Differing viewpoints on whether to stay home or head back to the office next year likely aren’t due solely to concerns around COVID. Though much has been written about 2020 having prompted a surplus of mandatory downtime as many employers shut down completely, working Canadians are just as likely to have found themselves overstretched this year: asked if they have achieved a better work-life balance in 2020, nearly half (48%) disagree – an opinion that is remarkably consistent across age, gender, income, and regional lines.  

About the Study

These are some of the findings of an Ipsos poll conducted between December 11-14, 2020, on behalf of Global News. For this survey, a sample of 1,000 Canadians aged 18+ was interviewed online. Quotas and weighting were employed to ensure that the sample’s composition reflects that of the Canadian population according to census parameters. The precision of Ipsos online polls is measured using a credibility interval. In this case, the poll is accurate to within ± 3.5 percentage points, 19 times out of 20, had all Canadians aged 18+ been polled. The credibility interval will be wider among subsets of the population. All sample surveys and polls may be subject to other sources of error, including, but not limited to coverage error, and measurement error.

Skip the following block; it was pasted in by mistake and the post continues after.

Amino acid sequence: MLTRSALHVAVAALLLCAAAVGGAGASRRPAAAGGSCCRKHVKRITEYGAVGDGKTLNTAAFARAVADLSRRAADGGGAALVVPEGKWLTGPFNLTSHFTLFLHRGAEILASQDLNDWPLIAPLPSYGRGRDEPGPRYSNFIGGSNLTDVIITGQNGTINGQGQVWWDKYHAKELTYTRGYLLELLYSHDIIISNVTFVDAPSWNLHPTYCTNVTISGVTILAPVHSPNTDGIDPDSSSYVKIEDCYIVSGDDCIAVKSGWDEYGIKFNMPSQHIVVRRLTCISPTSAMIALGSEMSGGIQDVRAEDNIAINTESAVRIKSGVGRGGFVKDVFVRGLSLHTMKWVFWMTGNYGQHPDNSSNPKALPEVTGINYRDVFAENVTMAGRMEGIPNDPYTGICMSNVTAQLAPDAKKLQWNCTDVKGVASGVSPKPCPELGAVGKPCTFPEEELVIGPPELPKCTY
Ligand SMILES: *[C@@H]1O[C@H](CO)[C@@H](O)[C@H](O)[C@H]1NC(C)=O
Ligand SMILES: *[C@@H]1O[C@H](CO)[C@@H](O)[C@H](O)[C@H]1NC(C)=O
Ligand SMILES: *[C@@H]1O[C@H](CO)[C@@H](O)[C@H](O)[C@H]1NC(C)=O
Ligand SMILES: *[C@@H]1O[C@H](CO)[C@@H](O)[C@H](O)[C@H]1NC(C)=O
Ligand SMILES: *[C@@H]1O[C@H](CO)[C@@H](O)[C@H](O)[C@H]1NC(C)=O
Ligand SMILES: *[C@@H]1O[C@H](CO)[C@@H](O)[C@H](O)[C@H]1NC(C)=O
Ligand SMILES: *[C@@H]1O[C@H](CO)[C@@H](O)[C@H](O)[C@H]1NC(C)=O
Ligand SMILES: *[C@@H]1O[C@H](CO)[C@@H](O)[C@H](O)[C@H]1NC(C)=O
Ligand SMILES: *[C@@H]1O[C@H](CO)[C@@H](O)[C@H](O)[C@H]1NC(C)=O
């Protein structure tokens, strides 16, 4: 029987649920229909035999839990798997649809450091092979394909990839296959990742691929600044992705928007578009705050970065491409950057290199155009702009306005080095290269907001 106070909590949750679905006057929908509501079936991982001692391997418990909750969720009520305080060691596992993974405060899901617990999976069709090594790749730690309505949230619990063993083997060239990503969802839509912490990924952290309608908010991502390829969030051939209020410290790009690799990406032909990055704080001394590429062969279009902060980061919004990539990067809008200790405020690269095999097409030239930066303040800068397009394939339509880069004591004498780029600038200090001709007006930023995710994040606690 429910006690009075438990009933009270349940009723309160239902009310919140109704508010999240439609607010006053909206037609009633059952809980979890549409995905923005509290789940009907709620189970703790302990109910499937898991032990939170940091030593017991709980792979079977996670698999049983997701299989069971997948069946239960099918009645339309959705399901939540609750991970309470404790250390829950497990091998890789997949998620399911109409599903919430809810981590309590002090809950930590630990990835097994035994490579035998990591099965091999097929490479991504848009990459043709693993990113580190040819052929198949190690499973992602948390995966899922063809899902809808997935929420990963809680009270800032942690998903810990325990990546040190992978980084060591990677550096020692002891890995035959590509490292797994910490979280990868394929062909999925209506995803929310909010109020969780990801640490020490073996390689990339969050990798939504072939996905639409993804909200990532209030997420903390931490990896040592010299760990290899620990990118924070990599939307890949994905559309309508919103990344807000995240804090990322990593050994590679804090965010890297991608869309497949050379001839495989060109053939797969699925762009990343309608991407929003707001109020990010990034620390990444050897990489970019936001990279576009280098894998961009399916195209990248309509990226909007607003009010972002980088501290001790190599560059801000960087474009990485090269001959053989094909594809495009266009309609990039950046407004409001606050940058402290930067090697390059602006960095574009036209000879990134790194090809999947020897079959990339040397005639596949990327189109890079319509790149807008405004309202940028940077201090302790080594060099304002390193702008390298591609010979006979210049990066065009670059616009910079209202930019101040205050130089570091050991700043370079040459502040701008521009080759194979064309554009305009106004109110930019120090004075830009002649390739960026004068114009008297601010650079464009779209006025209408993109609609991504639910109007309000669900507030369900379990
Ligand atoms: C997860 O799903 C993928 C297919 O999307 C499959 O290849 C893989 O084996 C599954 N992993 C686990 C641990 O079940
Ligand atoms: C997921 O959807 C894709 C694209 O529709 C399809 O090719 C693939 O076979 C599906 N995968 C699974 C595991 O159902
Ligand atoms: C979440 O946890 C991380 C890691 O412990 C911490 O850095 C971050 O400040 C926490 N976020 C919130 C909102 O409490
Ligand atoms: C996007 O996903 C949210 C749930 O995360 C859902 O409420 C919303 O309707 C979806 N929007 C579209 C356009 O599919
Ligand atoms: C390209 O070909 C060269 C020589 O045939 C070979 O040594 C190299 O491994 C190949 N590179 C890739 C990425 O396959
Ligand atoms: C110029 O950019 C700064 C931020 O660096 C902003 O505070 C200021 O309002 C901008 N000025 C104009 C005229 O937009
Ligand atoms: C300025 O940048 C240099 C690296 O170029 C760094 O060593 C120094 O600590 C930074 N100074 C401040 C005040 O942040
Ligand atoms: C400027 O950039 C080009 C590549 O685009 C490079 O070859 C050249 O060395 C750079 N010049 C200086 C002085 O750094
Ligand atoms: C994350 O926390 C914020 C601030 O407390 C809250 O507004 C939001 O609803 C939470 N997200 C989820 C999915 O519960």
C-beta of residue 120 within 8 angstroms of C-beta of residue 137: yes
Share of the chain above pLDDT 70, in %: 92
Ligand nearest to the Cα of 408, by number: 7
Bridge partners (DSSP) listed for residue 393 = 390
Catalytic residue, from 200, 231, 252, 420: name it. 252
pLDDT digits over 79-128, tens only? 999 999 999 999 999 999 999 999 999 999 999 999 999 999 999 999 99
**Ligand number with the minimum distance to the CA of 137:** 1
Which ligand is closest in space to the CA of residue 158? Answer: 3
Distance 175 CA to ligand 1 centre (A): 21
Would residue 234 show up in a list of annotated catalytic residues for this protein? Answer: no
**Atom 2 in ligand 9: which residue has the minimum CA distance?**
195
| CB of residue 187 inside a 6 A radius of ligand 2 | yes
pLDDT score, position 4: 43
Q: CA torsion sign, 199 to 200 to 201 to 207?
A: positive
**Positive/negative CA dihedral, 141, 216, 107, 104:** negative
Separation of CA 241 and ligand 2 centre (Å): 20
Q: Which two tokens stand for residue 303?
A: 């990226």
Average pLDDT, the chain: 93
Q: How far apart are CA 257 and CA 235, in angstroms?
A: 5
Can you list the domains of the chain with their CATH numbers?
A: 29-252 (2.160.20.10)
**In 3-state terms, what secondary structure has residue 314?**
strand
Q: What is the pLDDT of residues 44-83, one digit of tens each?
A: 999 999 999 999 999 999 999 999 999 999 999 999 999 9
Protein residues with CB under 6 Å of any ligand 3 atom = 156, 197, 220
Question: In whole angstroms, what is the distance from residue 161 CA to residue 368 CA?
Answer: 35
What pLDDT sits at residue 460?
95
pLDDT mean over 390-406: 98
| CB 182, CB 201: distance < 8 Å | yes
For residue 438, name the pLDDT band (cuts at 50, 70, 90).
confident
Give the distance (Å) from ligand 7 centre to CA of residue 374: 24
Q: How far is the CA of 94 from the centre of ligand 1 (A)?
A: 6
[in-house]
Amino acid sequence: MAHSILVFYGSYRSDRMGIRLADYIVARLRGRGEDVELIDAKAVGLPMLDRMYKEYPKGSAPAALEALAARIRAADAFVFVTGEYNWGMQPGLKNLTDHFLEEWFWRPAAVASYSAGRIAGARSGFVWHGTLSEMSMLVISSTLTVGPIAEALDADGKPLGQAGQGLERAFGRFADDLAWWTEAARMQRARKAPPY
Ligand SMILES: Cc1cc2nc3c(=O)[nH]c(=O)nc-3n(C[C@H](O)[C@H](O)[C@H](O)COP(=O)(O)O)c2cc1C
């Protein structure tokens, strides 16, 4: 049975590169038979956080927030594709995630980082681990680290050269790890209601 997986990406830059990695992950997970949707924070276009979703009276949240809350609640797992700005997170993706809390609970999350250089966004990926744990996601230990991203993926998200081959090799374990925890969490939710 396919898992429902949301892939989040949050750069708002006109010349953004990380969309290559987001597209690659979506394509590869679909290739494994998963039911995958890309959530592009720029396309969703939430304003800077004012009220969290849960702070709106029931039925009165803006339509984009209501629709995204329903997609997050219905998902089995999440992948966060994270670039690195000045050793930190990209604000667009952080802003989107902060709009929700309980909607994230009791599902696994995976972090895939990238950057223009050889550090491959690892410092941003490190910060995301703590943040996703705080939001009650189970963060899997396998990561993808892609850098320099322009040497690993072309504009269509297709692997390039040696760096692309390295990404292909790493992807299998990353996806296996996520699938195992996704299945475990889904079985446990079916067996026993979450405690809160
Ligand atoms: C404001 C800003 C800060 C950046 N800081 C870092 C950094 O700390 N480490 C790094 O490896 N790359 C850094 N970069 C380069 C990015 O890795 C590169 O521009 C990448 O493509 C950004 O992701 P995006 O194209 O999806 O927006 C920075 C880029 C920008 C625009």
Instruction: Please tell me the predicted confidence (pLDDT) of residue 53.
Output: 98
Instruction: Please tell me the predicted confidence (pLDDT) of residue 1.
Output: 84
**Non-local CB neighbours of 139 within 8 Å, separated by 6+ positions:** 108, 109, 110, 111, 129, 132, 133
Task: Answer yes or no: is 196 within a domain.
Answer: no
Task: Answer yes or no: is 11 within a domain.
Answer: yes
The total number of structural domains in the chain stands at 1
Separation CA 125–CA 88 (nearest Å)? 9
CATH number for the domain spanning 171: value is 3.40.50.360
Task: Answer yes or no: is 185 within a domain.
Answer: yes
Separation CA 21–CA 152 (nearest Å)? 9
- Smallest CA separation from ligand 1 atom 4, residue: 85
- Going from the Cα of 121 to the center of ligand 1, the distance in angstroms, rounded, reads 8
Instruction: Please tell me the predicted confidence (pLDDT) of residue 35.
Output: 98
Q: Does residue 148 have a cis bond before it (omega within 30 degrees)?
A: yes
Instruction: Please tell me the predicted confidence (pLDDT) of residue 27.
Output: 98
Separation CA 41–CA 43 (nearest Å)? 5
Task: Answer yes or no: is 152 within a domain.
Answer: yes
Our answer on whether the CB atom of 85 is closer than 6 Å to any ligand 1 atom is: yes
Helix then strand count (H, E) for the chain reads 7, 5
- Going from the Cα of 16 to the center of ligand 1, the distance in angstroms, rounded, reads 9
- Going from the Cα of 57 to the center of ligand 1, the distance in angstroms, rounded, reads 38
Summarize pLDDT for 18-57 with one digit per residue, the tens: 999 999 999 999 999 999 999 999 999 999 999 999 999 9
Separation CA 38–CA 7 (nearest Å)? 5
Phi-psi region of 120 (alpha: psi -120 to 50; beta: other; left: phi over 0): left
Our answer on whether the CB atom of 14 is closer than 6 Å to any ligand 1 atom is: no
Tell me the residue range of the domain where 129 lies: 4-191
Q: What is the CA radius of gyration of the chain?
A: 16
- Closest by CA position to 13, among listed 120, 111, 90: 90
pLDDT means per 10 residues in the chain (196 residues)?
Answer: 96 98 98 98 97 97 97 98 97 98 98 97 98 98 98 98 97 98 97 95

For more information on this news release, please contact:

Darrell Bricker

CEO, Ipsos Global Public Affairs

+1 416 324 2001

Darrell.Bricker@ipsos.com

© 2020, Ipsos Limited Partnership

This polling release and the data contained in it are the sole and exclusive property of Ipsos. They are NOT designed to support any election outcome or prediction model and no license to use the polling release or the data is either granted or implied by their publication. Ipsos does not endorse, and has no responsibility for the accuracy of, the result of any predictive model that incorporates this polling data. Furthermore, any use of this information to produce polling aggregations or election models without Ipsos’ written permission will be considered a violation of our intellectual property, and Ipsos reserves the right to take appropriate legal action.

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The author(s)

  • Darrell Bricker Global CEO, Public Affairs

Society